Stenger loses pension over conviction as county council approves new rule

St. Louis County Supervisor Steve Stenger (L) and his attorney Scott Rosenbloom, arrive at the Thomas Eagleton Federal Courthouse to answer an indictment that Stenger and various individuals and companies schemed to defraud and deprive the citizens of St. Louis County of their right to his honest and faithful services, in St. Louis on April 29, 2019. The indictment also said that Stenger secretly used his official position to enrich himself through soliciting and accepting campaign contributions from individuals and their companies in exchange for favorable official action. Photo by Bill Greenblatt/UPI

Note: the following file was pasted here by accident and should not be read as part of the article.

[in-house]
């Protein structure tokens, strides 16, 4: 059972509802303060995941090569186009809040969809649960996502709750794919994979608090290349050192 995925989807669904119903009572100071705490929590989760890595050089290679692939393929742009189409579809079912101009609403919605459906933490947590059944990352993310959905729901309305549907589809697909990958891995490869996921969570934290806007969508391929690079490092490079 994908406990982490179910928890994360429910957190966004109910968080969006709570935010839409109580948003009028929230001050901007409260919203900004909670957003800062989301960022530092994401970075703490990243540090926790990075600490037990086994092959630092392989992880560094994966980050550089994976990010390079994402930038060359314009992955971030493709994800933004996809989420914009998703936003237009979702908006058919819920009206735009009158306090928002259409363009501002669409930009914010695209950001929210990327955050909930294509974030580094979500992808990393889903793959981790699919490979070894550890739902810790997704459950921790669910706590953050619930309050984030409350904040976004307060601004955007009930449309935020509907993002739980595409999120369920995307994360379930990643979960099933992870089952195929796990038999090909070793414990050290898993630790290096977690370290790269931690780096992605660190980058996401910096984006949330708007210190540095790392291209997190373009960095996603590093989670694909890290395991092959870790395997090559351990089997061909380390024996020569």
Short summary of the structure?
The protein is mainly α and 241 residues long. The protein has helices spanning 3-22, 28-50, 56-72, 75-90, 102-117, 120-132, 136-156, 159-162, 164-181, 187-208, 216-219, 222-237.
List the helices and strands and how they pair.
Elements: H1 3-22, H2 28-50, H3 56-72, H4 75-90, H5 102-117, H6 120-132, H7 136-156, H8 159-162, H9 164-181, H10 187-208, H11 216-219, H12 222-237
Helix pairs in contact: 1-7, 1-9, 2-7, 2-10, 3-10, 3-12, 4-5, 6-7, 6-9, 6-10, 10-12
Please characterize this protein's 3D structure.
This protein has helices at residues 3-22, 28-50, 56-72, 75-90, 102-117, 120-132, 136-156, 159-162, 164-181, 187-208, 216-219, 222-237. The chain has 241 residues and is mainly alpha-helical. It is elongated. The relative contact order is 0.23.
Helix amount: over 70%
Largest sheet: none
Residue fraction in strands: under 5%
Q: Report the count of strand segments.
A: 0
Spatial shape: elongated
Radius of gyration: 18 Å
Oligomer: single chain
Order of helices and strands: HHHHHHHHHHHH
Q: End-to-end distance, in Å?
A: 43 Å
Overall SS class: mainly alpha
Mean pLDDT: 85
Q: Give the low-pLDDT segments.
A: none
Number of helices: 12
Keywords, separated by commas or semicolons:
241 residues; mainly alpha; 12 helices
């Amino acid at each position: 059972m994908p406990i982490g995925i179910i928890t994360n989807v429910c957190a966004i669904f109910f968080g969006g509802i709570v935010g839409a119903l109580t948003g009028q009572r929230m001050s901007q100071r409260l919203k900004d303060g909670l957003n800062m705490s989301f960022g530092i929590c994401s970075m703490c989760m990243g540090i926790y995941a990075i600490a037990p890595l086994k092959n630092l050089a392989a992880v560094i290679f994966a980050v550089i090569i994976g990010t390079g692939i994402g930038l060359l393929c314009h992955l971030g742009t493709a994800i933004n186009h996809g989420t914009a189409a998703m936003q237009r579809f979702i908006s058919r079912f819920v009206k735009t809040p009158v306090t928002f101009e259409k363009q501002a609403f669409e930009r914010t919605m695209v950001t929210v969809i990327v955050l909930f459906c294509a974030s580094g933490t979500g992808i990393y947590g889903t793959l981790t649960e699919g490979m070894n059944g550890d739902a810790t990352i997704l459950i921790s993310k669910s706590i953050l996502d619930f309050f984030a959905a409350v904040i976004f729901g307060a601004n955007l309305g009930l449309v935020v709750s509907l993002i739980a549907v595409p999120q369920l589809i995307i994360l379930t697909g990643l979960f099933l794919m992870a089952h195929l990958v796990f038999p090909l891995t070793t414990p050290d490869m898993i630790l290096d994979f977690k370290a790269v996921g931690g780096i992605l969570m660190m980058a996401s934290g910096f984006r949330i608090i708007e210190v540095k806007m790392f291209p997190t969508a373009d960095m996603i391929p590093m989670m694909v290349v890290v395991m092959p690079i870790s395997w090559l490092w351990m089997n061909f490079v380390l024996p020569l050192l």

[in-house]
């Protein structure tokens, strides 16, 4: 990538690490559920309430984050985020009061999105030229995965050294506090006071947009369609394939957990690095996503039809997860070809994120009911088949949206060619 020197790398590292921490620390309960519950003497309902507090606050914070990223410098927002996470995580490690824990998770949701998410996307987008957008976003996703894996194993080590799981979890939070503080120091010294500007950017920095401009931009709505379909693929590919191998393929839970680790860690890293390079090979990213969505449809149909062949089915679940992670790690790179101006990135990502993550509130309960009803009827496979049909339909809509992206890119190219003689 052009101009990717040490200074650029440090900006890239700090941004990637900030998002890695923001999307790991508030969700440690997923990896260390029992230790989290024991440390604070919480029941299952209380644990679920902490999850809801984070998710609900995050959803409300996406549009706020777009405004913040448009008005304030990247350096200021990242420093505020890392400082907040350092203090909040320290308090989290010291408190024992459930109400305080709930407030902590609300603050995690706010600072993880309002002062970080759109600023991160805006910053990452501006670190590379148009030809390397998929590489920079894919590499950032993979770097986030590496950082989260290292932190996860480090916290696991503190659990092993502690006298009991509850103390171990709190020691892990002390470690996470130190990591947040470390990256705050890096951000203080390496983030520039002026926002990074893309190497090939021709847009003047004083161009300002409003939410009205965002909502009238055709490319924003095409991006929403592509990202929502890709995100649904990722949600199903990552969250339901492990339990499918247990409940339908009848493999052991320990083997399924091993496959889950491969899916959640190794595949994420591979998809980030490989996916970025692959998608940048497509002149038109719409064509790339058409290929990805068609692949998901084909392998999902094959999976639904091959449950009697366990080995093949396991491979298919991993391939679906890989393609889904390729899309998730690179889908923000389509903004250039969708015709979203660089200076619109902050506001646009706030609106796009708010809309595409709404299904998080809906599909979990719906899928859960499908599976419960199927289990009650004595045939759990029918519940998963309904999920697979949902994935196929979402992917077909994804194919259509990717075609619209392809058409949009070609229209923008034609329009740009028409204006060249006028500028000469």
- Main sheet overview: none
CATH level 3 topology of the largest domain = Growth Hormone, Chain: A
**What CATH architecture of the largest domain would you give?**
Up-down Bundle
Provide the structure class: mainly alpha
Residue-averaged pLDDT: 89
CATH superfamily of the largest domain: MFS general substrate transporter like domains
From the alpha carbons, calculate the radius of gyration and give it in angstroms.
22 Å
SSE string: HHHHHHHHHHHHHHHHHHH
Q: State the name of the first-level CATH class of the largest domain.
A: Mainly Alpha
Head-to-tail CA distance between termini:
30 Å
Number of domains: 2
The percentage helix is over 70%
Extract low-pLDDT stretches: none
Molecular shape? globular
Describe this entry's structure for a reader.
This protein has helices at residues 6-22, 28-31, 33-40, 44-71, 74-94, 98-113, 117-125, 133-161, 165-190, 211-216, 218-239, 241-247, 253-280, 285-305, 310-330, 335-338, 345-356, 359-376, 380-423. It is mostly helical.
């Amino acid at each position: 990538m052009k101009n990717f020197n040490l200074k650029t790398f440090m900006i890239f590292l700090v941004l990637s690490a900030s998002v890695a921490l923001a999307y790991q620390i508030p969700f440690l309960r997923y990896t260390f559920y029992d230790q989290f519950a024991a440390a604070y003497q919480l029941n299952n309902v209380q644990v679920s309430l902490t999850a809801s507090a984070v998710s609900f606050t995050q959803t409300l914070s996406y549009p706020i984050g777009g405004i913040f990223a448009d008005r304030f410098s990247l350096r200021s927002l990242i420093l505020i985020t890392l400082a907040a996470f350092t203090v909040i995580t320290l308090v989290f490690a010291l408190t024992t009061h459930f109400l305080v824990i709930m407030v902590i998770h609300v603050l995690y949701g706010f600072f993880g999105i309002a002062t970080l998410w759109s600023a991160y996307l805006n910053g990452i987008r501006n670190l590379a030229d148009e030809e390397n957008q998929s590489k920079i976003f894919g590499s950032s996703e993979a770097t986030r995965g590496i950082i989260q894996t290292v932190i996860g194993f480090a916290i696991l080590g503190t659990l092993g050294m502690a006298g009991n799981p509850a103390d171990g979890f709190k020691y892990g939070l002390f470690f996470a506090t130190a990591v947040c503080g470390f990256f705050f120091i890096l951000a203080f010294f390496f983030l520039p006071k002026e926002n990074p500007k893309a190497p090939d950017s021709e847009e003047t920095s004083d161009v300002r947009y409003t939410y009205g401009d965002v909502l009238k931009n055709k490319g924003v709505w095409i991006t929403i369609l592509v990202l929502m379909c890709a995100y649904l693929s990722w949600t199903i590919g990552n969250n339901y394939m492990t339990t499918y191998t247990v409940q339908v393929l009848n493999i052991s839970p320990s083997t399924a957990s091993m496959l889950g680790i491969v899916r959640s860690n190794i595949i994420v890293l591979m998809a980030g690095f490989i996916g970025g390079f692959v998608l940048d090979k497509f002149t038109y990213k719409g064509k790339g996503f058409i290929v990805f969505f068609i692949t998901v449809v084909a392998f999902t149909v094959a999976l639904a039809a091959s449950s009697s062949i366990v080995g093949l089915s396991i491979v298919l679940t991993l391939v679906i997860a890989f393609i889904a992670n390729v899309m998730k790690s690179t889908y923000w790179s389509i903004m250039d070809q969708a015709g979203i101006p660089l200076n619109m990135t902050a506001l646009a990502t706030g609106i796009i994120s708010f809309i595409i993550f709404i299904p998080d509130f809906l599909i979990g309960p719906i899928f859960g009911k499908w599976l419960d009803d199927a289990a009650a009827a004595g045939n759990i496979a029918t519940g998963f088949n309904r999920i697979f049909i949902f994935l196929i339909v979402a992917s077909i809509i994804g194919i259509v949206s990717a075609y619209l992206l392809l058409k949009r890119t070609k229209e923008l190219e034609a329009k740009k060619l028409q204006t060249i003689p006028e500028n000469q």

CLAYTON, Mo. (AP) – An ordinance passed by the St. Louis County Council means that former Executive Steve Stenger apparently won’t collect a county pension, now that he’s a convicted felon.

The council voted 5-0 Tuesday in favor of an ordinance preventing any elected official from getting a county pension if convicted of a felony committed while serving in an official role.

The St. Louis Post-Dispatch reports that Republican Tim Fitch, who introduced the ordinance, believes it affects Stenger because it takes effect before his sentencing Friday in a federal pay-to-play case.

Stenger, a Democrat, was indicted in April. He resigned that same day and pleaded guilty four days later. He could face nearly four years in prison. Two other county executives and a businessman also pleaded guilty as part of the scheme.
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Information from: St. Louis Post-Dispatch

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